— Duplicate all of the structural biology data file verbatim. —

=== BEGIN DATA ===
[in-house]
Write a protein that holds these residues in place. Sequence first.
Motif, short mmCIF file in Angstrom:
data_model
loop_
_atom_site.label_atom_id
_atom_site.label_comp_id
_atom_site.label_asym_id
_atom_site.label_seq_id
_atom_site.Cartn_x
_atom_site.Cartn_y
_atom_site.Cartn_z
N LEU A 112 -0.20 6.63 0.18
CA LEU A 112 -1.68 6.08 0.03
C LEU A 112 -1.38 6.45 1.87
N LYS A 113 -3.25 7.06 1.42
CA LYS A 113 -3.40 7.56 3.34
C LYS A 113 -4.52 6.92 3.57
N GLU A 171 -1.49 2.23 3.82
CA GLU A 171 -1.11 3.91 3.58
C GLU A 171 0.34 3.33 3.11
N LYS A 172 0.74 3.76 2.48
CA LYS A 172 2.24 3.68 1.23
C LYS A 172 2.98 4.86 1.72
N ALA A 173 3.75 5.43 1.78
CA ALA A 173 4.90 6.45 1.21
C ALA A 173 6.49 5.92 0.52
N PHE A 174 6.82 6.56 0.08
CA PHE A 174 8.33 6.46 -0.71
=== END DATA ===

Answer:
[in-house]
Write a protein that holds these residues in place. Sequence first.
Motif, short mmCIF file in Angstrom:
data_model
loop_
_atom_site.label_atom_id
_atom_site.label_comp_id
_atom_site.label_asym_id
_atom_site.label_seq_id
_atom_site.Cartn_x
_atom_site.Cartn_y
_atom_site.Cartn_z
N LEU A 112 -0.20 6.63 0.18
CA LEU A 112 -1.68 6.08 0.03
C LEU A 112 -1.38 6.45 1.87
N LYS A 113 -3.25 7.06 1.42
CA LYS A 113 -3.40 7.56 3.34
C LYS A 113 -4.52 6.92 3.57
N GLU A 171 -1.49 2.23 3.82
CA GLU A 171 -1.11 3.91 3.58
C GLU A 171 0.34 3.33 3.11
N LYS A 172 0.74 3.76 2.48
CA LYS A 172 2.24 3.68 1.23
C LYS A 172 2.98 4.86 1.72
N ALA A 173 3.75 5.43 1.78
CA ALA A 173 4.90 6.45 1.21
C ALA A 173 6.49 5.92 0.52
N PHE A 174 6.82 6.56 0.08
CA PHE A 174 8.33 6.46 -0.71